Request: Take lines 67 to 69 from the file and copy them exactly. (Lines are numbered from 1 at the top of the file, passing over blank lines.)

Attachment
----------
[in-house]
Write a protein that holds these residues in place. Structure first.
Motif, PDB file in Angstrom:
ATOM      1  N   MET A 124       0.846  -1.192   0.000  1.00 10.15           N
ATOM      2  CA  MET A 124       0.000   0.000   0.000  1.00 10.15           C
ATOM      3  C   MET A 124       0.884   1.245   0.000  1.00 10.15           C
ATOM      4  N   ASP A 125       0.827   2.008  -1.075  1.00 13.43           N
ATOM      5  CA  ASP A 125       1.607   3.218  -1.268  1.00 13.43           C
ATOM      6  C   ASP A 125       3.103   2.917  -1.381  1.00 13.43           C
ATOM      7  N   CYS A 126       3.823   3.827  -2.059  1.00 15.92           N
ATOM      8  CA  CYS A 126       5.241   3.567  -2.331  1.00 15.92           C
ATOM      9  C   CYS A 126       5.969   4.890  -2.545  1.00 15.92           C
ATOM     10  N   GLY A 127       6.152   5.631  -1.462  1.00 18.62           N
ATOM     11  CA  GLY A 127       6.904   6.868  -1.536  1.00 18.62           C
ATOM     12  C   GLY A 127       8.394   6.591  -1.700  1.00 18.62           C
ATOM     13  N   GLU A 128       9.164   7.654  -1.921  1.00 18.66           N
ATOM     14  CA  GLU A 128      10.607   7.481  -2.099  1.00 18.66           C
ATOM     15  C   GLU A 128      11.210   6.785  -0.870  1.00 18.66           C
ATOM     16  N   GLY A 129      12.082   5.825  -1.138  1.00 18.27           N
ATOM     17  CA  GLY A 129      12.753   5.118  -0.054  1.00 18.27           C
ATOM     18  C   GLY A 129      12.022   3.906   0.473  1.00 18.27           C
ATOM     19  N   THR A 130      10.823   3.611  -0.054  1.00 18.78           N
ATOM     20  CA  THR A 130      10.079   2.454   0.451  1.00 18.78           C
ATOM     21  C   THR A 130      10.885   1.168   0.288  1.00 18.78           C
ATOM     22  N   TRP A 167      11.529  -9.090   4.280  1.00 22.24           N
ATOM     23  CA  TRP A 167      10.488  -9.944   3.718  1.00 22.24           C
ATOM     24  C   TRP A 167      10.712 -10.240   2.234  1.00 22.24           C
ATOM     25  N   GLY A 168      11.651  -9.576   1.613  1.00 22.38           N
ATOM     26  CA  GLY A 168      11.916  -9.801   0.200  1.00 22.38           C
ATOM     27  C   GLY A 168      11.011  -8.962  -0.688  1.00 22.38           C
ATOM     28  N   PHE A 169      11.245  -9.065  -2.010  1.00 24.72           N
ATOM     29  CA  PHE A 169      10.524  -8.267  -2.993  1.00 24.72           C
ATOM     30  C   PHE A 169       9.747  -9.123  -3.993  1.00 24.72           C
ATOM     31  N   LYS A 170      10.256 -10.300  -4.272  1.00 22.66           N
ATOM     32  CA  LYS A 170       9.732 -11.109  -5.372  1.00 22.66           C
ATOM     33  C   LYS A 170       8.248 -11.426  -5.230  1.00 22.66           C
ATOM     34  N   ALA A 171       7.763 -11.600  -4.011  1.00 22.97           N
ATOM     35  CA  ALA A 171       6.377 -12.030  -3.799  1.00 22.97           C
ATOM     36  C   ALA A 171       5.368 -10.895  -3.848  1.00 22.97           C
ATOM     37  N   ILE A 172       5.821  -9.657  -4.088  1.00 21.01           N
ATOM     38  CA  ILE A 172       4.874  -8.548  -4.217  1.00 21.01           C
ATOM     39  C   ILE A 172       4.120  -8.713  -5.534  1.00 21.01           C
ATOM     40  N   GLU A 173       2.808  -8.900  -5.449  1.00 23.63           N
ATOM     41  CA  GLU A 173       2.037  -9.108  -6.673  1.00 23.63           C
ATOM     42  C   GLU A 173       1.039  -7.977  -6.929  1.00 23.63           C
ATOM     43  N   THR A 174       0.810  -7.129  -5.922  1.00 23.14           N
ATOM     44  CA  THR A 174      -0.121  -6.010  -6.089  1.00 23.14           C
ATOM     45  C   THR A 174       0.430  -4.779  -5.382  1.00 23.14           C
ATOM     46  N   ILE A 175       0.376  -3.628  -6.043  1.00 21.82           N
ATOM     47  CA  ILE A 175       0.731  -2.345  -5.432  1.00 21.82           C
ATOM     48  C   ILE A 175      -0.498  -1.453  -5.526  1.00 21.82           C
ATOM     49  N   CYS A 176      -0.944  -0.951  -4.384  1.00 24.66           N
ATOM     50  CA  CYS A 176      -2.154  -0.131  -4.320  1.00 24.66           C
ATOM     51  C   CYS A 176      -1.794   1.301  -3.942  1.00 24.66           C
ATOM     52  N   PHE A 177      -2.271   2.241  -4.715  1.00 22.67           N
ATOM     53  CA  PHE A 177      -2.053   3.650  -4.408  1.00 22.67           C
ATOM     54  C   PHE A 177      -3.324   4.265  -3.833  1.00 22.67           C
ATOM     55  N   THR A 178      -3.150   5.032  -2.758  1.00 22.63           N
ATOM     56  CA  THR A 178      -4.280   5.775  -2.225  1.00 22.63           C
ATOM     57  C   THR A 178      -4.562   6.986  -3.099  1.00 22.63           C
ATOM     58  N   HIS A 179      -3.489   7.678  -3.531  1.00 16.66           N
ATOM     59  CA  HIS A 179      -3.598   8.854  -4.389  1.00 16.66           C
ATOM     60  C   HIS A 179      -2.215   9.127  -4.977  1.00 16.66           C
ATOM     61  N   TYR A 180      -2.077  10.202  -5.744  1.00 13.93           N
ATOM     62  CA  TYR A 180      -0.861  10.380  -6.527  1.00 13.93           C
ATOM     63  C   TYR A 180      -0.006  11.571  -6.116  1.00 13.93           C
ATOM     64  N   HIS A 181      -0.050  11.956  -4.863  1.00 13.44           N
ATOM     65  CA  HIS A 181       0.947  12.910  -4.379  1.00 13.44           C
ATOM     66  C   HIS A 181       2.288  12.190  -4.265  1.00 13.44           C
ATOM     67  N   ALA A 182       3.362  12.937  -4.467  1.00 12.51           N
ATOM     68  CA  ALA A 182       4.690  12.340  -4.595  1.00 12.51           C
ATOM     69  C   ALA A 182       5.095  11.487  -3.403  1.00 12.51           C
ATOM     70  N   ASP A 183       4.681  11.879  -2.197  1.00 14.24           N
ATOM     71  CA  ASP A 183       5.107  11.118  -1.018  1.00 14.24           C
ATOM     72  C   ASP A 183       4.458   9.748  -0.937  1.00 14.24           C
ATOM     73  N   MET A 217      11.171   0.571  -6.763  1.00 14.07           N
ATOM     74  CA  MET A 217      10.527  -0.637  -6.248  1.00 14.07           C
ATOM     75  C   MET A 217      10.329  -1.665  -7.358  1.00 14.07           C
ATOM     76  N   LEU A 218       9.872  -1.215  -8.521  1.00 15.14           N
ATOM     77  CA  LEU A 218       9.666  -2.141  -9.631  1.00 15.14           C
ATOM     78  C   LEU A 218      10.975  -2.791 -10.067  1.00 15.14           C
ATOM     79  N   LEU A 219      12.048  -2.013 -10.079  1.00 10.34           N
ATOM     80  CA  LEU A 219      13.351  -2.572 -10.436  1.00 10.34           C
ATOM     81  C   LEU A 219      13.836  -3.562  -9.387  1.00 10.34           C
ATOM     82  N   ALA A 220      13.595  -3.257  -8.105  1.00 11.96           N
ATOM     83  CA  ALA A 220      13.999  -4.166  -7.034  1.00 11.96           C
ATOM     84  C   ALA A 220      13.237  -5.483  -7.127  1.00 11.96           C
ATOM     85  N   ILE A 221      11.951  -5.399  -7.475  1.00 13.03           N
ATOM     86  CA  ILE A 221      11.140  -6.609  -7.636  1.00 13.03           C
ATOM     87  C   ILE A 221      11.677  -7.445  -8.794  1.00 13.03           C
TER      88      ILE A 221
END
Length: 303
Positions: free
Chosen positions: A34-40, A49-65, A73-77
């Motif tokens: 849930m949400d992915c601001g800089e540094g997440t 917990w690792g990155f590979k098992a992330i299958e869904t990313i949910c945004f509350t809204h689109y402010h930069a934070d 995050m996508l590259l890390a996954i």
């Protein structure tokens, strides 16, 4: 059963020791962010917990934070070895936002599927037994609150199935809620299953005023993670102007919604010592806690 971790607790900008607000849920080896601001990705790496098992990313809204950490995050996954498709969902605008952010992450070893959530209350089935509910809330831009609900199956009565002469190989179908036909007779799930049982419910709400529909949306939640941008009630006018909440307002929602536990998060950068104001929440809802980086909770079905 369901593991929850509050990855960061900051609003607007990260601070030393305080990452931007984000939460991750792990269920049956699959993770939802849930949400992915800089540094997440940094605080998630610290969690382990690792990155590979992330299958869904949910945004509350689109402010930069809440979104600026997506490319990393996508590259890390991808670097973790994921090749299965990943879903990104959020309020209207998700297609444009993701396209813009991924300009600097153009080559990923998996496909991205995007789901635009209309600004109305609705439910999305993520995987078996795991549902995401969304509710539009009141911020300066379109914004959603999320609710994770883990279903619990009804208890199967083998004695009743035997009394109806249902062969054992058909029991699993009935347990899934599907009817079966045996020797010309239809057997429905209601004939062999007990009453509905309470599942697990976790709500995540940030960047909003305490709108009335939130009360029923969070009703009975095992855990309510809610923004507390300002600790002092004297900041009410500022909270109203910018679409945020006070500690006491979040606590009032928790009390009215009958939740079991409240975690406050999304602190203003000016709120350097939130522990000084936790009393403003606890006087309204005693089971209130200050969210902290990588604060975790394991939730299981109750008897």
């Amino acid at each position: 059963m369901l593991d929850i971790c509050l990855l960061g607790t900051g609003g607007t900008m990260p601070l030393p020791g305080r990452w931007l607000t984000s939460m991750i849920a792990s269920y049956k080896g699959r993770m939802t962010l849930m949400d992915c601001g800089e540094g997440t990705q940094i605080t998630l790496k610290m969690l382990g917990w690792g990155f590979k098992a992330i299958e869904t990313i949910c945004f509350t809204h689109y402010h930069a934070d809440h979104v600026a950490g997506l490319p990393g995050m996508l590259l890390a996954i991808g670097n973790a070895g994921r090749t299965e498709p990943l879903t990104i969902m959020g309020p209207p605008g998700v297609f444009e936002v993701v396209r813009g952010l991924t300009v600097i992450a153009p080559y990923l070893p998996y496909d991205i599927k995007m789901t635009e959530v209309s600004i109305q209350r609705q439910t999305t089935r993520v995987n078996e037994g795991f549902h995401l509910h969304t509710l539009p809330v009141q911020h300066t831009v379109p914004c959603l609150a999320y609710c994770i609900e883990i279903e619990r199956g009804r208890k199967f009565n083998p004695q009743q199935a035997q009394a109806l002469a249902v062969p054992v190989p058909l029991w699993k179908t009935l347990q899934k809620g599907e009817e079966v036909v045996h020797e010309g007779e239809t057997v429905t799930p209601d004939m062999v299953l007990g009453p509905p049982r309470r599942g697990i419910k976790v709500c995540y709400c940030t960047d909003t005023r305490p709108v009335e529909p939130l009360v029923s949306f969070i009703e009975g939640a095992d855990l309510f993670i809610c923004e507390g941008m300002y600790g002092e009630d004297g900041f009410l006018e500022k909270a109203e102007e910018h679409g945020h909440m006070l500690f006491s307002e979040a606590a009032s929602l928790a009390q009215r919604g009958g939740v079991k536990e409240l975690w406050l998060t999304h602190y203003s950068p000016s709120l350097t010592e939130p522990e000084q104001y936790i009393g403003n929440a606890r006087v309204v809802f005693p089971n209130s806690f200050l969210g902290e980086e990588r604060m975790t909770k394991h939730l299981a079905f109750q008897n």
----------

ATOM     64  N   HIS A 181      -0.050  11.956  -4.863  1.00 13.44           N
ATOM     65  CA  HIS A 181       0.947  12.910  -4.379  1.00 13.44           C
ATOM     66  C   HIS A 181       2.288  12.190  -4.265  1.00 13.44           C